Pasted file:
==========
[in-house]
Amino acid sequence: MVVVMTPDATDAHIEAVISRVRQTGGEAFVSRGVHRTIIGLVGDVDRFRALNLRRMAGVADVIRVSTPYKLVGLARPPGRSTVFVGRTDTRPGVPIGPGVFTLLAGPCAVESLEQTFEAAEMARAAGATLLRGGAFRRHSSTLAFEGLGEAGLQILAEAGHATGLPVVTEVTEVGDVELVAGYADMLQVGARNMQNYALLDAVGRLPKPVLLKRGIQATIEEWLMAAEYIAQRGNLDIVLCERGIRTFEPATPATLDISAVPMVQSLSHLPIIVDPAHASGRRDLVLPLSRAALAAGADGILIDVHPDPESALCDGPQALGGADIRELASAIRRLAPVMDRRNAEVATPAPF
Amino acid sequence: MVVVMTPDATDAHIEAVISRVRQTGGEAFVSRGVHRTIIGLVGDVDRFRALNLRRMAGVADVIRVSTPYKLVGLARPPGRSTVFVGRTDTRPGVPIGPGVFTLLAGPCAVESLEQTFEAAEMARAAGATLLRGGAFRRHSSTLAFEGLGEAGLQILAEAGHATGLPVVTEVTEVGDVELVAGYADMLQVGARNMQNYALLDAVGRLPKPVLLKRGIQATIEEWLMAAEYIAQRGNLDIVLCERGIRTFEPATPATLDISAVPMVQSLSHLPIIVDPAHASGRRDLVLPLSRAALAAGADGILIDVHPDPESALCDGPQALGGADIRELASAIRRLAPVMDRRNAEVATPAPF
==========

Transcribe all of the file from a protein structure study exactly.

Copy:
[in-house]
Amino acid sequence: MVVVMTPDATDAHIEAVISRVRQTGGEAFVSRGVHRTIIGLVGDVDRFRALNLRRMAGVADVIRVSTPYKLVGLARPPGRSTVFVGRTDTRPGVPIGPGVFTLLAGPCAVESLEQTFEAAEMARAAGATLLRGGAFRRHSSTLAFEGLGEAGLQILAEAGHATGLPVVTEVTEVGDVELVAGYADMLQVGARNMQNYALLDAVGRLPKPVLLKRGIQATIEEWLMAAEYIAQRGNLDIVLCERGIRTFEPATPATLDISAVPMVQSLSHLPIIVDPAHASGRRDLVLPLSRAALAAGADGILIDVHPDPESALCDGPQALGGADIRELASAIRRLAPVMDRRNAEVATPAPF
Amino acid sequence: MVVVMTPDATDAHIEAVISRVRQTGGEAFVSRGVHRTIIGLVGDVDRFRALNLRRMAGVADVIRVSTPYKLVGLARPPGRSTVFVGRTDTRPGVPIGPGVFTLLAGPCAVESLEQTFEAAEMARAAGATLLRGGAFRRHSSTLAFEGLGEAGLQILAEAGHATGLPVVTEVTEVGDVELVAGYADMLQVGARNMQNYALLDAVGRLPKPVLLKRGIQATIEEWLMAAEYIAQRGNLDIVLCERGIRTFEPATPATLDISAVPMVQSLSHLPIIVDPAHASGRRDLVLPLSRAALAAGADGILIDVHPDPESALCDGPQALGGADIRELASAIRRLAPVMDRRNAEVATPAPF